Tuesday, September 13, 2011

I've always vaguely meant to add more wildlife-friendly plants to the yard.  Who doesn't want butterflies and birds, after all?  But we've been much more focused on finding homes for our roses and more general landscaping priorities since moving in.  But now that the Grass-n-Roses bed is taking shape (grasses being generally rather WF by virtue of providing habitat, apparently),now that the pond is providing a copious water source for the thirsty, and now that the climate is in such a homicidal and faunicidal rage, now seems like the right time to get serious about lending our furry, feathered, froggy, and chitinous brethren a hand.

We installed our first two bird feeders around the pond this weekend, an activity that for some reason made me feel more than usually married. Somehow, it just seems so homey and pleasantly settled to have bird feeders.  Matt said it made him feel like an 80-year-old.  I said, but a married eighty-year-old, right?  (Side note: is there anything we should know about which birdseed to use?  We just bought whatever they had at Lowe's, a mix that promised--I kid you not--"20% more color!"  We haven't yet figured out if that means the birds will be 20% more colorful than they used to be, or we'd get 20% more highly colored bird species than we used to.  At present, it appears to be netting us 2,000% more mourning doves, but whatever.  We did see one bright yellow thing, one cardinal, and a sort of titmouse kind of a fellow, which was nice.  Oh, and an inexplicable hummingbird.)

And I also trolled through Austin's Grow Green Guide for ideas of plants we could add to the yard.  What came as a pleasant surprise is how many WF plants we already have.  This begs the question: where are all the bunnies, herons, pumas, foxes, and other furry friends?  But perhaps we don't have a high enough density of WF plants.  Must work on that.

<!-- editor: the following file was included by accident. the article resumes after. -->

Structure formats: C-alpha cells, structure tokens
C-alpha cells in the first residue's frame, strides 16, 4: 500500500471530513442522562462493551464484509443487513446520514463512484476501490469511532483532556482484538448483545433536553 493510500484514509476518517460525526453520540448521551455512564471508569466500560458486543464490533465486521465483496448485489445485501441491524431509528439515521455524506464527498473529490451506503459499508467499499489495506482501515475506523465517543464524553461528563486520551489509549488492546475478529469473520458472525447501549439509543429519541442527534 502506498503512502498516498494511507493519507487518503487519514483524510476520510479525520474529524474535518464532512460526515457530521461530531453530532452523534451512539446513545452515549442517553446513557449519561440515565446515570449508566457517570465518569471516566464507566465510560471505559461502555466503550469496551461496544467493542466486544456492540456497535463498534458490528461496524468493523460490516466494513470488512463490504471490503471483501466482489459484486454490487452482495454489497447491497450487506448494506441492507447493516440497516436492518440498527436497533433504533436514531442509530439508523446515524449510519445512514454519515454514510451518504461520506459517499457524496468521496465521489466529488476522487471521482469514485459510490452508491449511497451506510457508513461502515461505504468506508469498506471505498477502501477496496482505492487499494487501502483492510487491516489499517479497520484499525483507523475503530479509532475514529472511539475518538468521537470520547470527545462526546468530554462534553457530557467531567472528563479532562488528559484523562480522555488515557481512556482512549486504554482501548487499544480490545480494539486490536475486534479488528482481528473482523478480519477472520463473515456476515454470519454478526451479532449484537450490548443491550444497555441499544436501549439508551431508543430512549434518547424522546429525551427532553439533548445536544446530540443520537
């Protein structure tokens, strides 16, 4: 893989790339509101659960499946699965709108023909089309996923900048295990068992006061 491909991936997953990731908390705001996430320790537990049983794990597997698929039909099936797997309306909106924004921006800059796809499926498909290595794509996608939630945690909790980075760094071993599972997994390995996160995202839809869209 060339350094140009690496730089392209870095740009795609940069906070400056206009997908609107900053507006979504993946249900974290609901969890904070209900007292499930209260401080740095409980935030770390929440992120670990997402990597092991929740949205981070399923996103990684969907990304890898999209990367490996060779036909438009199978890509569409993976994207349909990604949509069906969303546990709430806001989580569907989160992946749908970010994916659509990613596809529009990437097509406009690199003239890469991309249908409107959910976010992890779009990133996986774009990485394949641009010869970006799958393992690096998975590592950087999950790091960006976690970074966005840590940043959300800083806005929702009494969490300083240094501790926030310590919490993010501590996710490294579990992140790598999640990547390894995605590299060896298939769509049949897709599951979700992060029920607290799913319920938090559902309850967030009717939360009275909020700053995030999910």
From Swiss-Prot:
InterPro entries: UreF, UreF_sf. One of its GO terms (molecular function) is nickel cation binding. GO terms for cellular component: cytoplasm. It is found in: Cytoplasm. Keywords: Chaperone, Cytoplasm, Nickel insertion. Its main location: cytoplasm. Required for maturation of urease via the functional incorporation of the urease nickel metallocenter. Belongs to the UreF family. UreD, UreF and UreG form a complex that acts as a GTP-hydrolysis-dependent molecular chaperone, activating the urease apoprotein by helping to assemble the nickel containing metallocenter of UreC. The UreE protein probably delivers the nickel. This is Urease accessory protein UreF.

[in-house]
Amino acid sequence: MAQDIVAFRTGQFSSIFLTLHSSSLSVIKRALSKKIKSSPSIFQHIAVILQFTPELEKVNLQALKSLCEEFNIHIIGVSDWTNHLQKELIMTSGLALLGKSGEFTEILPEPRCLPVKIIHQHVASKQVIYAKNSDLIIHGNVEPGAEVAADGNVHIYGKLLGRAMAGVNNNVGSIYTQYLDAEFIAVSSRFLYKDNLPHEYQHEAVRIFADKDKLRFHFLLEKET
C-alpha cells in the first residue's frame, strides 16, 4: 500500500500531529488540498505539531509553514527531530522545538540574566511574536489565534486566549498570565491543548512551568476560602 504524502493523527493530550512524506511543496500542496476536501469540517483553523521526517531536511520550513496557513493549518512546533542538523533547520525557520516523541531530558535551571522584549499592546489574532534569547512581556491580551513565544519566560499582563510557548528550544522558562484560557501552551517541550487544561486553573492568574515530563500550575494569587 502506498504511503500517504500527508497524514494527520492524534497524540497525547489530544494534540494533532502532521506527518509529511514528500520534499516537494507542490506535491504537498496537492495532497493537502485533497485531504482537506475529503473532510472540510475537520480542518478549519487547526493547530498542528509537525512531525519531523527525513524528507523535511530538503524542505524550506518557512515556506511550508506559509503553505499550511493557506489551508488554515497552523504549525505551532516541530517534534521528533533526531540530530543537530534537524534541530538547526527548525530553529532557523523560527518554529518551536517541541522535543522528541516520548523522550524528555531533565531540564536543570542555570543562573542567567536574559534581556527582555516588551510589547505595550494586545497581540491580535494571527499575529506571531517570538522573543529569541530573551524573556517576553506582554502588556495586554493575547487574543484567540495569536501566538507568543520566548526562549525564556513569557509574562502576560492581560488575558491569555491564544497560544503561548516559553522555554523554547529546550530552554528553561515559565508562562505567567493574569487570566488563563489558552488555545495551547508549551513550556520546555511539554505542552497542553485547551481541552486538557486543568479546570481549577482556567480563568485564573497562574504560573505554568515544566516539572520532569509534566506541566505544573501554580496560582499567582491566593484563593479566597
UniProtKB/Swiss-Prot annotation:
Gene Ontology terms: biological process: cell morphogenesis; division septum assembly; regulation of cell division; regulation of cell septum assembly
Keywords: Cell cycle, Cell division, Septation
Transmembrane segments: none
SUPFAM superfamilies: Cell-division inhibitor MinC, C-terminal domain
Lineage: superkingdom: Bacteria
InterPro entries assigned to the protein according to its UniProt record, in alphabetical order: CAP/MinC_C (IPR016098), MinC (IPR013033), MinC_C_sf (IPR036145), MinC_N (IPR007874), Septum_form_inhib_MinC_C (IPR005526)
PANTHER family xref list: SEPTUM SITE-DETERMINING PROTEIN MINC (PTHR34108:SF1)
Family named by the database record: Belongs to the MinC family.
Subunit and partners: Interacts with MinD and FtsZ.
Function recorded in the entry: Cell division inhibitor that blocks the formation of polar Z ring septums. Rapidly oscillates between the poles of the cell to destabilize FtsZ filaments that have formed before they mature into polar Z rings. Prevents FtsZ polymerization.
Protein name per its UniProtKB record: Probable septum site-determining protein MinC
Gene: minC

Wildlife-friendly Plants We Have
Baldcypress (Taxodium distichum)
Montezuma Cypress (Taxodium mucronatum)
Bur Oak (Quercus macrocarpa)
Lacey Oak (Quercus laceyi)
Mexican White Oak (Quercus polymorpha)
Live Oak (Quercus virginiana)
Eve's Necklace (Sophora affinis)
Kidneywood (Eysenhardtia texana)
Texas Mountain Laurel (Sophora secundiflora)
Cordia (Cordia boissieri) - a new one; our previous specimen croaked last winter.  If at first you don't succeed...
Pomegranate (Punica granatum)
Evergreen Sumac (Rhus virens)
Abelia (Abelia sp.)
Chitalpa (X Chitalpa tashkentensis 'Morning Cloud')
American Beautyberry (Callicarpa americana)
White Boneset (Eupatorium havanense)
Turk's Cap (Malvaviscus arboreus 'Pam Puryear')
Red Columbine (Aquilegia sp.)
Obedient Plant (Physostegia sp.)
Echinacea (Echinacea purpurea - butterflies)
Pavonia (Pavonia braziliensis - butterflies)
Salvia spp (Salvia spp. - hummingbirds)
Red Yucca (Hesperaloe parviflora - hummingbirds)
Inland Sea Oats (Chasmanthium latifolium)
Big Muhly (Muhlenbergia lindheimeri)
Passionflower (Passiflora incarnata - butterflies)
Horseherb (Calyptocarpus vialis - a volunteer that acts as a proxy lawn for us--not sure if it will have survived the Great Dryness)

But more is required!  So I'd like to start working some of these species in, mostly in the G-n-R bed, the bed around the pond, and the shade bed.

Wildlife-friendly Plants We Want
Fragrant Sumac (Rhus aromatica)
Barbados Cherry (Malpighia glabra)
Buddleia (Buddleia sp.)
Chile Pequin (Capsicum annuum)
Fall Aster (Symphyotrichum oblongifolium - nectar)
Gaura (Gaura lindheimeri - butterflies)
Purple Skullcap (Scutellaria sp - butterflies)
Perennial Winecup (Callirhoe involucrata - Hairstreak butterfly)
Yarrow (Achillea sp. - Painted Lady butterfly)
Little Bluestem (Schizachyrium scoparium - Skipper butterflies)
Bamboo Muhly (Muhlenbergia dumosa)
Gulf Muhly (Muhlenbergia capillaris)
Wood Violet (Viola sp.)
Echincea Sombrero series 'Sandy Yellow' or 'Hot Coral' (Echinacea purpurea)

Also--and Matt doesn't know this yet, lucky guy! --I'd like to make a rain garden.  The Guide had this really cool pic of rain garden, and I realized that something like that would really add pizazz to the the shade bed, plus we'll need and overflow spot anyway when (as I hope will someday happen) we get that old cistern under our house back in operation.  Think of all the nice boggy plants we could grow, like cardinal flower!

Pretty, no?  And the shade bed would adore the extra water.

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